A Few Mud Clods: Be warned that not all will dig The Dig. Mr. Brown comes from a far different school of archaeology than, say, Indiana Jones — seeking out adventure with a bicycle and shovel rather than a motorcycle and bullwhip. It’s a slow, painstaking film to match the meticulousness of Brown’s labors and at times feels like a cup of tea that’s been allowed to sit a tad too long and needs a zap in the microwave (blasphemous, I know). It can also be counted as a treasure hunt where what goes into the soil emotionally is far more fascinating than the bounty they finally do pull from the ship’s burial chamber. That’s well and good (and as it should be), but rarely during the film do we feel the sense of wonder we should at such a unique discovery in the middle of English farmland.
However, the real knock against The Dig might be that it lacks any real suspense or surprise in its unfolding. Its would-be revelations feel more like confirmations of what we already came to suspect on our own, and while Flynn and James do earn their moments together, it’s disappointing that the more interesting storyline between Brown and Mrs. Pretty — though, not romantic — largely goes abandoned during the second half of the movie. In that sense, it feels like a film that can’t decide which relationship to focus on and, sadly, chooses the less interesting one. While seeing two young souls find one another may be a tried-and-true formula (and for good reason), to see the bond strengthen between the unlikely pairing of Brown and his employer as the dig deepens and all its resulting headaches intensify would have been far more fascinating and unpredictable.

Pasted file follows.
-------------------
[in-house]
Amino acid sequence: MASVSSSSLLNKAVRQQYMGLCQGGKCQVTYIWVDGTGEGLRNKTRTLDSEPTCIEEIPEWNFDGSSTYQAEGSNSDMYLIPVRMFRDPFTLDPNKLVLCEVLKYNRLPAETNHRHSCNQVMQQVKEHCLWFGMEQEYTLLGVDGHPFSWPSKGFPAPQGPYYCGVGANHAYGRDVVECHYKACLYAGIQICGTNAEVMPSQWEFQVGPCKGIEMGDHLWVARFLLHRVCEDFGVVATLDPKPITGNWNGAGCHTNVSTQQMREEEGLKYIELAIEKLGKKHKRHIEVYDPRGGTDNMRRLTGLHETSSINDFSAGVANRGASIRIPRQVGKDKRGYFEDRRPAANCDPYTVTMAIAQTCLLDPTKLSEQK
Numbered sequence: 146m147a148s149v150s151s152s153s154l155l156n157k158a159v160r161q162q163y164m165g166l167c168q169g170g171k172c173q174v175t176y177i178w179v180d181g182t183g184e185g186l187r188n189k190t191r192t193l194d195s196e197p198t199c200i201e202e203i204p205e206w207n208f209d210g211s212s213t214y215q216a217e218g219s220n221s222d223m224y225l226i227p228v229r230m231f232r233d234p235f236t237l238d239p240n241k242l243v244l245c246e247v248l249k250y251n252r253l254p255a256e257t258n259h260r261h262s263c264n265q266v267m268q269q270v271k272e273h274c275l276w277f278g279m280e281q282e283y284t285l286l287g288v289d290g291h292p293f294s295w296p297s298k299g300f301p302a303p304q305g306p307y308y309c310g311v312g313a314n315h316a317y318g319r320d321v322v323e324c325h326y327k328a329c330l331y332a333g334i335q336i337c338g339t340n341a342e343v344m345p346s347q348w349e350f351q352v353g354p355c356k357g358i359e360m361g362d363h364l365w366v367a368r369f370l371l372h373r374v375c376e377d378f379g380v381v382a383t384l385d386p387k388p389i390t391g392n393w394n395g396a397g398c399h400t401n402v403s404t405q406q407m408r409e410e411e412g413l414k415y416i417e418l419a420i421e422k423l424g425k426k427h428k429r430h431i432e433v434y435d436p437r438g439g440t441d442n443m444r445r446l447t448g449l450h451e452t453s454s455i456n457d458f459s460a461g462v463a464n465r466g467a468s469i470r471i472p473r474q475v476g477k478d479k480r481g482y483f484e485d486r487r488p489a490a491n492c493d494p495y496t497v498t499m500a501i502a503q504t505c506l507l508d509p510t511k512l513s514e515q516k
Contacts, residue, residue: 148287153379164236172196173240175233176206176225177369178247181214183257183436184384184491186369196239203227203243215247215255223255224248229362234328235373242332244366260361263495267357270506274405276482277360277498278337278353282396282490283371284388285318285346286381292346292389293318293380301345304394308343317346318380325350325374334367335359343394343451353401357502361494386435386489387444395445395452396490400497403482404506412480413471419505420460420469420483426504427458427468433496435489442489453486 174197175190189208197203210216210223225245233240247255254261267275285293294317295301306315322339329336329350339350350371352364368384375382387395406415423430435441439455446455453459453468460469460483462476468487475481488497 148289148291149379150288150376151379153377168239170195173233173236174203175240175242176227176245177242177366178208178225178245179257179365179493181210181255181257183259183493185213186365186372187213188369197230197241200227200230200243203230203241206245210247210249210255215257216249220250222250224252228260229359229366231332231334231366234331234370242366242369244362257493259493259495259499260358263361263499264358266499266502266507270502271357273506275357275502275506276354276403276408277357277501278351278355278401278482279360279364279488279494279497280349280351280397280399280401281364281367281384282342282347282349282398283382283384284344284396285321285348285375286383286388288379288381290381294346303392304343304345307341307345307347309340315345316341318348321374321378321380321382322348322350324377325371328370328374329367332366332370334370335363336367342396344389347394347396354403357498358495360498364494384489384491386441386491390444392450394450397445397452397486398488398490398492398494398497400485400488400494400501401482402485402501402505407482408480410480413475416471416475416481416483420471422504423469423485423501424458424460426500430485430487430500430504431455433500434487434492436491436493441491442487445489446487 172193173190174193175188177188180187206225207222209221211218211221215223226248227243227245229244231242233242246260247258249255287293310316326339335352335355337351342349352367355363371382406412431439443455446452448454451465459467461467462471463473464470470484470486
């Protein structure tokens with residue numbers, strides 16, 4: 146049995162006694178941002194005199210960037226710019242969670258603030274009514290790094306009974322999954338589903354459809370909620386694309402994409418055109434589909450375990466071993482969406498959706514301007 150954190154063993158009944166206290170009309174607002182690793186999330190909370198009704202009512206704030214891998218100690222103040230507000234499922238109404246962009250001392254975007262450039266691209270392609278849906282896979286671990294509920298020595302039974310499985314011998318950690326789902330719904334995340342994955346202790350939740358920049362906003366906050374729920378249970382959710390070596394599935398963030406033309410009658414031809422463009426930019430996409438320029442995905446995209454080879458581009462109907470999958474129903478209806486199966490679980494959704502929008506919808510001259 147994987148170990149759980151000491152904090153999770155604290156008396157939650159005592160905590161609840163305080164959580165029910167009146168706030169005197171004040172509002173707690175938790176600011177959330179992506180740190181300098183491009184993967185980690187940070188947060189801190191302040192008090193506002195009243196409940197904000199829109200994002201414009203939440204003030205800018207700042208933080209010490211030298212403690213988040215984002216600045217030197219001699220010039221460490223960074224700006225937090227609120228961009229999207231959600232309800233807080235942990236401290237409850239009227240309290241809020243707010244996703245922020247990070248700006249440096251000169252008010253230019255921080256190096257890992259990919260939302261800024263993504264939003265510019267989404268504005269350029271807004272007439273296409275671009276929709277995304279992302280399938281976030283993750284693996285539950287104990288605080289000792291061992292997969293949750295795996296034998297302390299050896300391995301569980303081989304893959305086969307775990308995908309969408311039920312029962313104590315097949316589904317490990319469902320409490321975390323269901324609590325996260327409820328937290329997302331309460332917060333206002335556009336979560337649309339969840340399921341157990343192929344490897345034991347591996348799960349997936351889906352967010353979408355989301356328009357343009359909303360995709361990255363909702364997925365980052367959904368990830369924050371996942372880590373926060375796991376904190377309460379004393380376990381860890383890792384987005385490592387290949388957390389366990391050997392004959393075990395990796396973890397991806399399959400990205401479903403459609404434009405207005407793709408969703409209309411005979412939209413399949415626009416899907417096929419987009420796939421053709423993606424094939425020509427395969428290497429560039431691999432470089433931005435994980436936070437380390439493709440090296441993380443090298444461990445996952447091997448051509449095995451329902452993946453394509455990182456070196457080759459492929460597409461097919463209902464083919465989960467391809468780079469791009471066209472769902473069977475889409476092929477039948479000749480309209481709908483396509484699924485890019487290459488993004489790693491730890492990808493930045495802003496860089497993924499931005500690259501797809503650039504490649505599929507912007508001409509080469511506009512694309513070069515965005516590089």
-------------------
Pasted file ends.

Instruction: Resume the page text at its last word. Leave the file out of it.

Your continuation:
Verdict: Stone uses the Sutton Hoo treasure to tackle a very intimate part of being human: how we grasp and cope with the idea of time. Finding a 90-foot sixth century vessel in one’s backyard would make anyone stop and reconsider the very nature of such things. Does time cease to have meaning in a case like this boat? Is it fleeting, or are we? But, most importantly, The Dig considers how its characters ultimately choose to seize upon the moments they do have and, in doing so, find ways to live on long after their shovels are laid down, their hearts have stopped beating, and photographs have begun to fade with age. A touching film that perhaps spends a bit too much time digging in the wrong places.
Where’s It Playing? The Dig is in select theaters beginning Jan. 15 and will start streaming on Netflix on Jan. 29.